Parks Canada is reminding the public to stay vigilant of wildfires following extended warm weather and lightning over the past two weeks.
There are currently no active wildfires in Jasper National Park, but the fire danger is still sitting at high.
Having some rainfall within the last week helped to lower the fire danger, but with another wave of extreme heat, the fire danger is expected to rise again.
Parks Canada noted that the “undeniably eventful” lightning storm on July 1 had kept wildfire specialists busy.
“Some wildfire crew members said that it was the most lightning strikes they’ve ever seen,” Parks Canada stated in an update.
Wildfire specialists conducted patrols to check lightning strike locations but did not detect any smoke or fires.
“Fires can burn deep underground and may not be visible during initial smoke patrols, however. Until we receive more rain, wildfire staff will continue rechecking these lightning locations, making sure there are no sneaky fires burning.”
Jasper is always considered under a permanent fire ban, because fires are only allowed in metal fire pits and metal boxes only.
When Alberta was undergoing the intense heatwave, Parks Canada made the decision to have a fire ban for all day-use areas and backcountry campgrounds.
Campfires are currently only allowed in metal fire pits or boxes in front-country campgrounds and on private leases.
Parks Canada says it takes the threat of wildfires seriously and has fire protection that they use in their daily operations.
Parks Canada and the Municipality of Jasper continue their work with the Firesmart program.
Parks Canada has a helicopter go out and do routine checks to try and stop a fire before it gets out of control.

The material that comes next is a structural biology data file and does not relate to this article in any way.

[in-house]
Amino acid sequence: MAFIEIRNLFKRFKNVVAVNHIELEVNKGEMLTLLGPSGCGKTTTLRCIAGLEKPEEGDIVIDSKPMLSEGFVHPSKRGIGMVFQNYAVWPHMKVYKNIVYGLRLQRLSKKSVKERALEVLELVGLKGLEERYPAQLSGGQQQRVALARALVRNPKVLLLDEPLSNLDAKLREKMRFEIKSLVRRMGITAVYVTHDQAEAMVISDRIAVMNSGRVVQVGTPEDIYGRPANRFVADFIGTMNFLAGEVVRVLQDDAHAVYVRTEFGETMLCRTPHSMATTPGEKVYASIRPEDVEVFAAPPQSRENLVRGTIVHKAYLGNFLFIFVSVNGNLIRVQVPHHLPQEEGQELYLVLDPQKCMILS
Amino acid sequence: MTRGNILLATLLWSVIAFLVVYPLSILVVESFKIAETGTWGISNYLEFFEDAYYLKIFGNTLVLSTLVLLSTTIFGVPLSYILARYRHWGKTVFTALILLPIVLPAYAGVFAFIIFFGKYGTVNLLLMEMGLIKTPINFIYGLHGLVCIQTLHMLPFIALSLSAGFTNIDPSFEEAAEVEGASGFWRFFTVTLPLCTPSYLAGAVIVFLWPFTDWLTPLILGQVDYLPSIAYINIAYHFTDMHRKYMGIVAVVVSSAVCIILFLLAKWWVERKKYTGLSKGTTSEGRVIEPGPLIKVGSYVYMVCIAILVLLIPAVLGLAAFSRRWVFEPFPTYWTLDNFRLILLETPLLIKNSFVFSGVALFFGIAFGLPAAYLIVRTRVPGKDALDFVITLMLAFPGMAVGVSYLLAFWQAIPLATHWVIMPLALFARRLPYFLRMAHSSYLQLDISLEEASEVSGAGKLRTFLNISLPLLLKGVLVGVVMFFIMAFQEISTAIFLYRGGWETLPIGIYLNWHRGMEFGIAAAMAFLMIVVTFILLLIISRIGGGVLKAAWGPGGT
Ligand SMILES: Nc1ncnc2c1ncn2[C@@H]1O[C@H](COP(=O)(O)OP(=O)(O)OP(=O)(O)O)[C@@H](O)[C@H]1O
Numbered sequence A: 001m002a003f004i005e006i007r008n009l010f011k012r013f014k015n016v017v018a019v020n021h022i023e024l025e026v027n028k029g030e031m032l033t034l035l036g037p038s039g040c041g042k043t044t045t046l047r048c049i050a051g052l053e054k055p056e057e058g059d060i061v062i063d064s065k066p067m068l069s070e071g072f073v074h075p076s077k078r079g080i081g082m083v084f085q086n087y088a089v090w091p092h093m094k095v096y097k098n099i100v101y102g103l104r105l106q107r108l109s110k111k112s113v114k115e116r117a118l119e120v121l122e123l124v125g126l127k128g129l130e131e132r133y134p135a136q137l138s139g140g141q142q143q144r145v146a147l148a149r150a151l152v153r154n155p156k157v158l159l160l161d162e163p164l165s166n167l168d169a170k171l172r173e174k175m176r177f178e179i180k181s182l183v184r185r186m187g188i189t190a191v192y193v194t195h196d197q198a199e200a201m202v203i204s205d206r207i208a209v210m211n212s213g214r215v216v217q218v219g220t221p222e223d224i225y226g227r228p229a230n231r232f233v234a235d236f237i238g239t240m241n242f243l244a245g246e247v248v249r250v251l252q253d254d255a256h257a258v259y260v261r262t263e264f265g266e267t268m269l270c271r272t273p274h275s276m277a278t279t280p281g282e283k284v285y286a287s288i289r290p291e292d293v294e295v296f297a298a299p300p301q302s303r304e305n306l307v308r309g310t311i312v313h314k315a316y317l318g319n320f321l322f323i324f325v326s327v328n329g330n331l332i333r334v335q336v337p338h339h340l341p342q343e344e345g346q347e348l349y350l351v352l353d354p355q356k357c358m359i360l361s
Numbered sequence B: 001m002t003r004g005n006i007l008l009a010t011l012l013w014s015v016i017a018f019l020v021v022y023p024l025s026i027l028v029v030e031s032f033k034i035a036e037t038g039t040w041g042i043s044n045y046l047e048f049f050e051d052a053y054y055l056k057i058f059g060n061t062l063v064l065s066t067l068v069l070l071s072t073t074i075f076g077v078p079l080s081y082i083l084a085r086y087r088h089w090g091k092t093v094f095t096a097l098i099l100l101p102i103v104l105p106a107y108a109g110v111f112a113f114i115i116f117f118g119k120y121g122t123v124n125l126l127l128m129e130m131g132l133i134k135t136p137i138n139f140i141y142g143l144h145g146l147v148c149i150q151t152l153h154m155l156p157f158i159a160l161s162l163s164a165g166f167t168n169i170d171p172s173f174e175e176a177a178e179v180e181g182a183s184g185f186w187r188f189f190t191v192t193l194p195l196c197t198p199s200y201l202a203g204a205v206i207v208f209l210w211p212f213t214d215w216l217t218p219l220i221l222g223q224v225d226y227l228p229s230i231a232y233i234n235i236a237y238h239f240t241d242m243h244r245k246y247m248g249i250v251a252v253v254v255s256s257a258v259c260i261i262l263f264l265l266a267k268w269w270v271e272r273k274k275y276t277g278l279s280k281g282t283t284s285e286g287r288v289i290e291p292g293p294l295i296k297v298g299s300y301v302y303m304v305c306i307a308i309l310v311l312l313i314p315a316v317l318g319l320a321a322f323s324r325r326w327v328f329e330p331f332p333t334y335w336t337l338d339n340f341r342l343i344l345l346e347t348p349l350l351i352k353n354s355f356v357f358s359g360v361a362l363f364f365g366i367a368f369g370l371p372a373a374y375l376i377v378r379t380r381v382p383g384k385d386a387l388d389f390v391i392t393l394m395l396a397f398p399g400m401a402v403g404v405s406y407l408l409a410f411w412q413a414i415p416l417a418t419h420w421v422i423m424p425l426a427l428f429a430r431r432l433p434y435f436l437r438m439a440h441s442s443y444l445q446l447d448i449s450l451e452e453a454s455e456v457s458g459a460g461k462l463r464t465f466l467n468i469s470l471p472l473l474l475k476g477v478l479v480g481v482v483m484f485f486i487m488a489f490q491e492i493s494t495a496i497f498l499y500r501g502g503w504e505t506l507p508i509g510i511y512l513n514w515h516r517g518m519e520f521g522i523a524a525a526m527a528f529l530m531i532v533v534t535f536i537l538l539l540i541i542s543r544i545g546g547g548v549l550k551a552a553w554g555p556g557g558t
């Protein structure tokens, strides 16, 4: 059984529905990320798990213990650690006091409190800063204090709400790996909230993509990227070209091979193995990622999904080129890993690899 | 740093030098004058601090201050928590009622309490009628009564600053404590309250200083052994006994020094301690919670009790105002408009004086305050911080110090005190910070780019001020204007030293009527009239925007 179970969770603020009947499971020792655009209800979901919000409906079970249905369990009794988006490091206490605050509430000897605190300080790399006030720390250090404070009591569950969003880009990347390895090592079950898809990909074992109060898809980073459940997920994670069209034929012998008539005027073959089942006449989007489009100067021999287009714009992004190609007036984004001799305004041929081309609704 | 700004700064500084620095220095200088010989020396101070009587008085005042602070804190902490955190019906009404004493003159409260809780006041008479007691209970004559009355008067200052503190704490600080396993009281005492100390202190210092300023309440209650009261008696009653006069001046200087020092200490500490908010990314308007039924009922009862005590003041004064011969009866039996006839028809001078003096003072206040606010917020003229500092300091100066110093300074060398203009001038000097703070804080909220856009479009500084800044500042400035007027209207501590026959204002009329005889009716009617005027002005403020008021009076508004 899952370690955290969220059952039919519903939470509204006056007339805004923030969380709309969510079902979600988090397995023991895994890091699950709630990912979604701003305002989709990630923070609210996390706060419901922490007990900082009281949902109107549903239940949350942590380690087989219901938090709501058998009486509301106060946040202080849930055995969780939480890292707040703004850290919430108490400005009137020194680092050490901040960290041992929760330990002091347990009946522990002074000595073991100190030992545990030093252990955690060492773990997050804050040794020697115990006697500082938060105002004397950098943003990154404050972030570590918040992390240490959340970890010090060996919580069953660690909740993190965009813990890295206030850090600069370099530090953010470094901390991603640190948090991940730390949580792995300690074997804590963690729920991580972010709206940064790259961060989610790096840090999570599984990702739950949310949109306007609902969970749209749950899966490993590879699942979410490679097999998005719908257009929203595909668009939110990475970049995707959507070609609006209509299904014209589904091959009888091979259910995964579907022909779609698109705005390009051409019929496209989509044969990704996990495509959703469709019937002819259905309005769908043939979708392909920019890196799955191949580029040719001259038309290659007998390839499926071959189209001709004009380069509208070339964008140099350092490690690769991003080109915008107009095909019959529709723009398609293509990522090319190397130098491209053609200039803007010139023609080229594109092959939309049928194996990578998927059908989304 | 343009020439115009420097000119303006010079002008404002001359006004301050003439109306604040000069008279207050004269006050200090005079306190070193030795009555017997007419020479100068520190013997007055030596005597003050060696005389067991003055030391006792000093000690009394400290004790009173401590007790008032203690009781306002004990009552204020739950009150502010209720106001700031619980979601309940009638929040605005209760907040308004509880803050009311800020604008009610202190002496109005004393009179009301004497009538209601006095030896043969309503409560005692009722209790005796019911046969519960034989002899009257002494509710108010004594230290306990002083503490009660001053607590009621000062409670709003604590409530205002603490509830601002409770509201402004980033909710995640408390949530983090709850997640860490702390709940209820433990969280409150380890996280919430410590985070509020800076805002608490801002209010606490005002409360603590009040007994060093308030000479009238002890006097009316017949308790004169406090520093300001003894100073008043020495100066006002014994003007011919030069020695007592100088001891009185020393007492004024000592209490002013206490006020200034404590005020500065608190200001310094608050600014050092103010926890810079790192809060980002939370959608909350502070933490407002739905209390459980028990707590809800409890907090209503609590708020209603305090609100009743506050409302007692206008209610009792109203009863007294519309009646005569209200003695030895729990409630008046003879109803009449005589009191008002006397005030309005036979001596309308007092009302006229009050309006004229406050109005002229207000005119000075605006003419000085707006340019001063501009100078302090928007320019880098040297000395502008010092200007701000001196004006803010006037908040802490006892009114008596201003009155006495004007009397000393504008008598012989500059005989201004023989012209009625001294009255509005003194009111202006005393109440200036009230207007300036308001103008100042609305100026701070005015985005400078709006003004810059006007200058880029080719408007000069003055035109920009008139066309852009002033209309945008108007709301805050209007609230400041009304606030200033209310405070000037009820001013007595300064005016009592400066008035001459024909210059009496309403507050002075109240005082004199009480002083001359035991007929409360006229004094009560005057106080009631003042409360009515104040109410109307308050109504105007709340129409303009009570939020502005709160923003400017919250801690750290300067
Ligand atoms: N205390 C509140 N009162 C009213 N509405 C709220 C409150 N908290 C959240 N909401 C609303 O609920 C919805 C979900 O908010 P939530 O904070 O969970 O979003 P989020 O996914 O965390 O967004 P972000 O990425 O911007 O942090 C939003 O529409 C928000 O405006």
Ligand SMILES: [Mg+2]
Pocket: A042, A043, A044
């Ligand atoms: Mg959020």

It also works with Alberta Forestry, B.C. Wildfire Service and Parks Canada National Fire Program.
They share lessons learned from recent wildfires across Canada and they train together to prepare for wildfire emergencies.
A lot goes on behind the scenes that Parks Canada does to keep the community safe, but there are also things we can do to help keep yourself and your community.
Report any sign of wildfire to Parks Canada. Firesmart can begin within homes and to get help preparing your home contact the Municipality of Jasper.
You can also prepare an evacuation/emergency kit and download the Alberta Emergency Alert app so you can be ready for any emergency.
The best thing anyone can do is to be FireSmart, stay updated on wildfires in the area fire bans and the current fire danger level as well as be ready to go in the event of any emergency.
Helping out neighbours
The Government of Canada is sending 23 wildland fire management specialists with Parks Canada to British Columbia.
Two of these specialists are from Jasper National Park: Katie Ellsworth, fire management officer, and Caroline Roy, Internet content and new media officer.
“These recent days have been a very harsh reminder that even as we fight climate change, we must also adapt to its effects,” said Jonathan Wilkinson, minister of Environment and Climate Change and minister responsible for Parks Canada
“The Government of Canada is pleased to be contributing 25 of Parks Canada’s highly trained wildland fire management specialists to assist in managing the wildfires occurring in British Columbia and Alberta. The important work they will be doing will help keep communities safe.”
Seven wildland firefighters will conduct initial attacks on new fires, and the Incident Management personnel will take over management of one of the British Columbia fires.
These specialists will be in British Columbia for two weeks.
With files from Peter Shokeir
Ali Howat, Local Journalism Initiative Reporter, Jasper Fitzhugh